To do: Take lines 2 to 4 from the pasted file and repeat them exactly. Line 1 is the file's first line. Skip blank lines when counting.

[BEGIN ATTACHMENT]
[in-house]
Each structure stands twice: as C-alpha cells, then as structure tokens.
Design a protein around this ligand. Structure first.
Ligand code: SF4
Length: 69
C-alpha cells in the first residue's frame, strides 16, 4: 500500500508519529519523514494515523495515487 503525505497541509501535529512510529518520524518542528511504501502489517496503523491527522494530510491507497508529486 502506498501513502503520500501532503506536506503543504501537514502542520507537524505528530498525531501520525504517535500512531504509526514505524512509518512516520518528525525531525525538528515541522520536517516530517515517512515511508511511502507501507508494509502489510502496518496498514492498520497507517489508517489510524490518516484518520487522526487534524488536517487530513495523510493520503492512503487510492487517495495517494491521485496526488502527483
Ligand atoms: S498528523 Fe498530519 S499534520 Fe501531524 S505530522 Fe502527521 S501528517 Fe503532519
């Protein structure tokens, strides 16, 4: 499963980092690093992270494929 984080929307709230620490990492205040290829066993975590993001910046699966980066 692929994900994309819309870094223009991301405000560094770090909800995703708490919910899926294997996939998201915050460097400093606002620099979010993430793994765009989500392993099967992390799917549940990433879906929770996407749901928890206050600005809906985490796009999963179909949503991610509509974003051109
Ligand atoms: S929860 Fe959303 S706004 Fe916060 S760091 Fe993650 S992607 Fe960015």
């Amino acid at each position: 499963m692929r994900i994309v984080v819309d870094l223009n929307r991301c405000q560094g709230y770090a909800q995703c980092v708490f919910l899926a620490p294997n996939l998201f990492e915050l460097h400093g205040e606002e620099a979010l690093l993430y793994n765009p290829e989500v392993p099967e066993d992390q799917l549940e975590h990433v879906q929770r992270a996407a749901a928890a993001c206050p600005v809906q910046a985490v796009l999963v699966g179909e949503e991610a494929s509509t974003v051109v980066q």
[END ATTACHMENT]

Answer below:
Each structure stands twice: as C-alpha cells, then as structure tokens.
Design a protein around this ligand. Structure first.
Ligand code: SF4